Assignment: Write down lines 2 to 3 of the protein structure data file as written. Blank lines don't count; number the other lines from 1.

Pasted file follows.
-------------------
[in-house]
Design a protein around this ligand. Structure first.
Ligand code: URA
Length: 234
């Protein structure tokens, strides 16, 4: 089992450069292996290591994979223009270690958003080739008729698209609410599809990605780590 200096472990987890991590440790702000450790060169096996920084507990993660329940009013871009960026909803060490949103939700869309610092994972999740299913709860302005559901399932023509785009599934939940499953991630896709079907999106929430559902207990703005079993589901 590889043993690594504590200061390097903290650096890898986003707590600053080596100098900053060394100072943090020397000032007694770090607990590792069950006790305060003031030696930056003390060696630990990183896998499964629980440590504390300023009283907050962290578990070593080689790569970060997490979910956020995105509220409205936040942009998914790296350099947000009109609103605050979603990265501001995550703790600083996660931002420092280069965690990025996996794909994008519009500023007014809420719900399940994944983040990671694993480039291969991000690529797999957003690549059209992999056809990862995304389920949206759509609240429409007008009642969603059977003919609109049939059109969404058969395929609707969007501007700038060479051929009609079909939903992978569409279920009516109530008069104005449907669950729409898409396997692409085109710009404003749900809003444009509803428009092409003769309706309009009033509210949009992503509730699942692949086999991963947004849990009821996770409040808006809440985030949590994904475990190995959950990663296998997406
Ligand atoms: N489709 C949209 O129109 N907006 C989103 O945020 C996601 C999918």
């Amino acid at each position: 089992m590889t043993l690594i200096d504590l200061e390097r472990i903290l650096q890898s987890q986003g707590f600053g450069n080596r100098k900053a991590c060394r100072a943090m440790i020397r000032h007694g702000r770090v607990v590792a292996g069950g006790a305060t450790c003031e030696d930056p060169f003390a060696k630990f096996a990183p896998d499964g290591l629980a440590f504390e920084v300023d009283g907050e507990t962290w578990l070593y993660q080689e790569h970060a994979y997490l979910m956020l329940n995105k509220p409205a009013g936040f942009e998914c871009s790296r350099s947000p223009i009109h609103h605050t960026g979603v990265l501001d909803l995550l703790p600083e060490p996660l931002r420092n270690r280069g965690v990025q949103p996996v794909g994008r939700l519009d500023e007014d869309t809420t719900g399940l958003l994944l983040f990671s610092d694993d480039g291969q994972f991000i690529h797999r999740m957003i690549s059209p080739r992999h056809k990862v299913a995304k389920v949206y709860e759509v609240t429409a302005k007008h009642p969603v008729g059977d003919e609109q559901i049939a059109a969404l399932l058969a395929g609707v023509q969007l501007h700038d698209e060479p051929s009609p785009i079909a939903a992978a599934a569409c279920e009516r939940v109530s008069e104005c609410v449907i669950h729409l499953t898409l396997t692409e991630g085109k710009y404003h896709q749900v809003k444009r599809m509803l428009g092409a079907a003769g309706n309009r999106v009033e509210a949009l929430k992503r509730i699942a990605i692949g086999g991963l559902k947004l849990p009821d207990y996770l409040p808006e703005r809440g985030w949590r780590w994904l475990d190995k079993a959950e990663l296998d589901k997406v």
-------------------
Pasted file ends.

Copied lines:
Design a protein around this ligand. Structure first.
Ligand code: URA